as you very probably know, yeast is "alive" - it grows and multiplies. discounting "extremes" - using less yeast just makes the rising take longer - given time the yeast will multiple and do its thing. a bit more or a bit less is not going to make or break a formula.
I rarely double a bread recipe as most of mine 'fill the mixer bowl' - and I'm not uber-careful with the measuring of it - more or less a teaspoon works for me (g) - but if I'm going to plunk it in the fridge overnight I do cut back to about half a spoon.
too much yeast can cause an early 'over-rpoofed' condition - so in the case where you want to double the batch and keep half for later, there's a glitch - how to get a normal rise time for the first and a delayed rise for the second . . .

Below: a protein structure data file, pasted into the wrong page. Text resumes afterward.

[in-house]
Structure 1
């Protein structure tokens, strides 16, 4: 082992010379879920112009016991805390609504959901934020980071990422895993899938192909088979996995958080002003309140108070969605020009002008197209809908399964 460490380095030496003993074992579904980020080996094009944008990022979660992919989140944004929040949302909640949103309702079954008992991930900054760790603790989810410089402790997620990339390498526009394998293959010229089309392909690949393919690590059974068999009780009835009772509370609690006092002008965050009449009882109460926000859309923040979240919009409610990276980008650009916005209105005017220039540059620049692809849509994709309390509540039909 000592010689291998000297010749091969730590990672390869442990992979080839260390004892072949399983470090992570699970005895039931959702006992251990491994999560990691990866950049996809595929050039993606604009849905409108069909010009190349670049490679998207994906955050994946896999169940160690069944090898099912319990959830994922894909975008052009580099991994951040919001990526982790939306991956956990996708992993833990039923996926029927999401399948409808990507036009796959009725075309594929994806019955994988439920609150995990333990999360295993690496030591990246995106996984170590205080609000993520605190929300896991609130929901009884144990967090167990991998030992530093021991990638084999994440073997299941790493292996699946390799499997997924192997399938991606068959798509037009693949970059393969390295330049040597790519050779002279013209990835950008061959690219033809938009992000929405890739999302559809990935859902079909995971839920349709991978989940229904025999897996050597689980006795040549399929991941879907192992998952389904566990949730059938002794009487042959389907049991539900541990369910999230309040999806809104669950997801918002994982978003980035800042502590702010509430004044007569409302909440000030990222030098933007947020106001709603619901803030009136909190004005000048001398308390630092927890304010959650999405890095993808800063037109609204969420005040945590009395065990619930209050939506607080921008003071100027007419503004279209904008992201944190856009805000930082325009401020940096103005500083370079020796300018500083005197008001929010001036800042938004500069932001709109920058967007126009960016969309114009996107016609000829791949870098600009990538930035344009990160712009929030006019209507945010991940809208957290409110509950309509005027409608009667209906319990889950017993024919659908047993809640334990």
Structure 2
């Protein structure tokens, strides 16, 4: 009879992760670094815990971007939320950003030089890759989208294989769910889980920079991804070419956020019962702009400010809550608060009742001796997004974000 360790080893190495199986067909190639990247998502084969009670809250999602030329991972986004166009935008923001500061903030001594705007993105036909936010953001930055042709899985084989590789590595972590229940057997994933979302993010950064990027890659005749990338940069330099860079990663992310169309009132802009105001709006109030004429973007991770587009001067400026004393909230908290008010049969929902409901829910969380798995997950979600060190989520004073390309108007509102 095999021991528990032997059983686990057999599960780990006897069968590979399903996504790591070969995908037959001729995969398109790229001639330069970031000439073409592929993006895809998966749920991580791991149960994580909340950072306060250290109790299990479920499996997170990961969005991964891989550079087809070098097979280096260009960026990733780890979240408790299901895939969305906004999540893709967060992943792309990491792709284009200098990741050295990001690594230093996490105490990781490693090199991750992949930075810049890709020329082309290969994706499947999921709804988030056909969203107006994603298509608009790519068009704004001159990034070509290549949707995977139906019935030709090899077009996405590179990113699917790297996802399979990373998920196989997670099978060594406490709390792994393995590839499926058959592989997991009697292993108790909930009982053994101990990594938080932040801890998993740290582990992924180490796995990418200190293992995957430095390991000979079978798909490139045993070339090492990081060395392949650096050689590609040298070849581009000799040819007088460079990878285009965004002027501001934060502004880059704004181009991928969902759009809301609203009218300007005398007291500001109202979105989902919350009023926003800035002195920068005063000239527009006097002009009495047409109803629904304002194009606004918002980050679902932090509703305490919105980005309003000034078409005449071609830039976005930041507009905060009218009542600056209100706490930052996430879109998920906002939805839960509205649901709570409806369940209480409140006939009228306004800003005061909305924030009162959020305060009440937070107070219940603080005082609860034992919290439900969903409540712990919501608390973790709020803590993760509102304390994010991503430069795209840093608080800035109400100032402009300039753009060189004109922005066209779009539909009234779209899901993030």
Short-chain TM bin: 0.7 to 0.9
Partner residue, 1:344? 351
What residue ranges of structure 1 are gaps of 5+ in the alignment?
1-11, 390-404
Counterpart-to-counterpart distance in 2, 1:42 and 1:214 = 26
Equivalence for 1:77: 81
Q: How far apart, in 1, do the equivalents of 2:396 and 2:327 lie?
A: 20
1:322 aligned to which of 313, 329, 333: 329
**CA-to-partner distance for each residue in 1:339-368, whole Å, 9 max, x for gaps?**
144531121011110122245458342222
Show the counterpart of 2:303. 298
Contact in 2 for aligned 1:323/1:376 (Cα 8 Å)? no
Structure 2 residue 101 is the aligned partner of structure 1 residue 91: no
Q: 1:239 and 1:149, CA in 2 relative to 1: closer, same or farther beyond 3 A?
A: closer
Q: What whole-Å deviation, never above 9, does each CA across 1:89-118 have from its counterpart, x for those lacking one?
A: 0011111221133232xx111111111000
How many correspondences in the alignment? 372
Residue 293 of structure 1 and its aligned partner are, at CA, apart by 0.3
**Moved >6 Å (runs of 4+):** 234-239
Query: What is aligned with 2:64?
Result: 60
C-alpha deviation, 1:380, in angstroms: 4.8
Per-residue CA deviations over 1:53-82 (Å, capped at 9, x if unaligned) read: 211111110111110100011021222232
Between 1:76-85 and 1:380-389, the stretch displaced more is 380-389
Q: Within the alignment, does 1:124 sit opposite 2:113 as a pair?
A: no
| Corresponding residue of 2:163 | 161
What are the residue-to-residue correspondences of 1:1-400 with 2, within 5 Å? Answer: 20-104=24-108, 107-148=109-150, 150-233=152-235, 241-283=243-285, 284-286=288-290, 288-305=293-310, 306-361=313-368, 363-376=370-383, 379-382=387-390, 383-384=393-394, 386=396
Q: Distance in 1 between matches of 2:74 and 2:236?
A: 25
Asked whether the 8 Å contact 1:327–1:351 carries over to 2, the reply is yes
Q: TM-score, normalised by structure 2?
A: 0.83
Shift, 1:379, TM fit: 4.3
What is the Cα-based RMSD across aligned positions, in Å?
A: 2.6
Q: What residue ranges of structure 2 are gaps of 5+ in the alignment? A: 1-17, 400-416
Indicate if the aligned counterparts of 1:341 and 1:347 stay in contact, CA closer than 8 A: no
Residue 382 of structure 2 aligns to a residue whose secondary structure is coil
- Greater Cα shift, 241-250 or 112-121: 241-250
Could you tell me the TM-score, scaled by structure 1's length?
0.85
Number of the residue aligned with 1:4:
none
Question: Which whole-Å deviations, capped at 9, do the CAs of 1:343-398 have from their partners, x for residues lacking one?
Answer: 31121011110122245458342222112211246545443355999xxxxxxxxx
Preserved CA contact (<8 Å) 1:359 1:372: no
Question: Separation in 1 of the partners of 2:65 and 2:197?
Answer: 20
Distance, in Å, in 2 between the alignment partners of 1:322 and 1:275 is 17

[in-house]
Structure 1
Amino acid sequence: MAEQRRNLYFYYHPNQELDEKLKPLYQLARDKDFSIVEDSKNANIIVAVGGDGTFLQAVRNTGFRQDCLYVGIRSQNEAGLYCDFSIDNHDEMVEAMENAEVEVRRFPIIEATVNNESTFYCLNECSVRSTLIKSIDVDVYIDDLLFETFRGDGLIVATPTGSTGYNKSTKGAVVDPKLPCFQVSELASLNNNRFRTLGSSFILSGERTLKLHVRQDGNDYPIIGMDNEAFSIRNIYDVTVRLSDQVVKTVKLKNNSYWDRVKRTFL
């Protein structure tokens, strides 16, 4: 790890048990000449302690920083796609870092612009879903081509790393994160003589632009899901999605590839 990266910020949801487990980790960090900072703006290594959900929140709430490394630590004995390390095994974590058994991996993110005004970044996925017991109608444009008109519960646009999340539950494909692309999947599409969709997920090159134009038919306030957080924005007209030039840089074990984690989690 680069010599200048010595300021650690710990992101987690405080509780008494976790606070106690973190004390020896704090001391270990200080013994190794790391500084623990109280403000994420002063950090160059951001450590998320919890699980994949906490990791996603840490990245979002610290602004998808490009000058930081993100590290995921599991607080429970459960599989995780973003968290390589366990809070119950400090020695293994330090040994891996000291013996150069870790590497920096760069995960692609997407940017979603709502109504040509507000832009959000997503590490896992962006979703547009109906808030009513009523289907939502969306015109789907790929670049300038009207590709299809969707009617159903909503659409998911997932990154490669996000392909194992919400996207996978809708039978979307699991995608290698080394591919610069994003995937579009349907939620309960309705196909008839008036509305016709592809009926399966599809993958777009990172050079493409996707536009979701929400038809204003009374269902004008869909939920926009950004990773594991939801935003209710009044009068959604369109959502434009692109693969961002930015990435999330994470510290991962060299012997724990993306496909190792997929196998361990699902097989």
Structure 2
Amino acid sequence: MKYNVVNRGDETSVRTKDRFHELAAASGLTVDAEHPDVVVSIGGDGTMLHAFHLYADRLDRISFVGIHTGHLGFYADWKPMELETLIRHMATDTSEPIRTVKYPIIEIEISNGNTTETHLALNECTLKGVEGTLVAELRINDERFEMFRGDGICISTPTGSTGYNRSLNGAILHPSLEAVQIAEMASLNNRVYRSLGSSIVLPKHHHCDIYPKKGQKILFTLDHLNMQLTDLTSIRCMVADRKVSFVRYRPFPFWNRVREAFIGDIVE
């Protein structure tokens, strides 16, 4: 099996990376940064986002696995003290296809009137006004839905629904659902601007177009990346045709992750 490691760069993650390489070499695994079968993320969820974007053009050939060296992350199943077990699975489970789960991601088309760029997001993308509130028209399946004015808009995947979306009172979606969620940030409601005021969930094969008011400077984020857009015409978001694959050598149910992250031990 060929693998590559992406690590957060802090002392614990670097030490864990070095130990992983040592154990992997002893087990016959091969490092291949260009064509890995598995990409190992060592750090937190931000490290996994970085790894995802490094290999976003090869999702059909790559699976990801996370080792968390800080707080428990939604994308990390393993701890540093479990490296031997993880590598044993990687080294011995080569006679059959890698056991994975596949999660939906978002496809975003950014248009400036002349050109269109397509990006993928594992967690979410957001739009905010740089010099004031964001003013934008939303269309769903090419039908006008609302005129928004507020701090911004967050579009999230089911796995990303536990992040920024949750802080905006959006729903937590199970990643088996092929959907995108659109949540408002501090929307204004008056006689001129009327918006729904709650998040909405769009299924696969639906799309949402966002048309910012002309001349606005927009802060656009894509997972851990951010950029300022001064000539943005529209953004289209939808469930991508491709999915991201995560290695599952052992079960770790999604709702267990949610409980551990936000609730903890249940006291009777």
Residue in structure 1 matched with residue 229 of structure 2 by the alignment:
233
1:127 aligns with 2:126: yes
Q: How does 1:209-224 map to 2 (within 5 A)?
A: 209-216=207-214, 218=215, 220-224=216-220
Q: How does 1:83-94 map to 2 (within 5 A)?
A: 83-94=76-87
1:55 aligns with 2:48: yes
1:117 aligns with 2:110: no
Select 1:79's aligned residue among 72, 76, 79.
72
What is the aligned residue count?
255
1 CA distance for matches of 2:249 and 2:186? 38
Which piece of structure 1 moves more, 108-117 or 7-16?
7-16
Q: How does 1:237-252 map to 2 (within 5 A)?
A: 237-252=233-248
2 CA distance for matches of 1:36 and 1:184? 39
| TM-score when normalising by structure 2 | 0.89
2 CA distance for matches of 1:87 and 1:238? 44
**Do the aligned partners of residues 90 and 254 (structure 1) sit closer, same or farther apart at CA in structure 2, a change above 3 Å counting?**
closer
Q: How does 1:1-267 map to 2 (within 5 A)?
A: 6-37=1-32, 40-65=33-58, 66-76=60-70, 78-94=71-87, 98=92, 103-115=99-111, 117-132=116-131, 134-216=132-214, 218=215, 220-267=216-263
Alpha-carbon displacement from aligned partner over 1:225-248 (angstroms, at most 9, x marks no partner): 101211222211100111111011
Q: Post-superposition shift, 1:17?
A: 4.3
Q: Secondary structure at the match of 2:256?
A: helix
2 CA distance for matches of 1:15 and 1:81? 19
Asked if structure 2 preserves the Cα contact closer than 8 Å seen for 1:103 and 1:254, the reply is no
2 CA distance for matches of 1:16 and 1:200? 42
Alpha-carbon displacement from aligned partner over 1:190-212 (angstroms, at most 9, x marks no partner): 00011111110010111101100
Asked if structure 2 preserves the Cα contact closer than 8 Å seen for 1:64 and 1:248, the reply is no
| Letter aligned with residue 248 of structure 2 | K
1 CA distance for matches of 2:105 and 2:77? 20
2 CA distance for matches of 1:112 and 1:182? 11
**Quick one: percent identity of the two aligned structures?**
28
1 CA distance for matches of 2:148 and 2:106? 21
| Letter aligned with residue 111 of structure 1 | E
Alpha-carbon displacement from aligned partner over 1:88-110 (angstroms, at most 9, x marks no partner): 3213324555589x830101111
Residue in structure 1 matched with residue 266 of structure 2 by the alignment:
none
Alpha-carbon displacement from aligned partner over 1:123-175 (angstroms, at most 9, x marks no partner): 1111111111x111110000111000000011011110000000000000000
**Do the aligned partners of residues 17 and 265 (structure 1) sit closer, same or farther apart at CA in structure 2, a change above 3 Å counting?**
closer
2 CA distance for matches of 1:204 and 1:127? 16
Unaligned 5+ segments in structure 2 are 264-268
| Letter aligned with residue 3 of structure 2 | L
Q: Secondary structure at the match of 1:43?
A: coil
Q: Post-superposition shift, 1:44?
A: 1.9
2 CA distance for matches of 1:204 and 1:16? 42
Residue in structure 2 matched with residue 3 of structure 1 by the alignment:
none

for more ideas & tips see:
Baker's yeast - King Arthur Flour
We’ve found that here in our King Arthur kitchen, where we bake bread every day, we can cut the yeast back to 1/16 teaspoon in a 3-cup-of-flour recipe and get a good overnight rise. In a kitchen where bread is seldom baked, we needed 1/2 teaspoon of yeast to get the same effect.
the best pizza crust I've found is Jamie Oliver's - bread flour with a portion of semolina -
Pizza Dough Recipe : Jamie Oliver : Food Network
I cut that recipe in half for two 12 inch pizzas.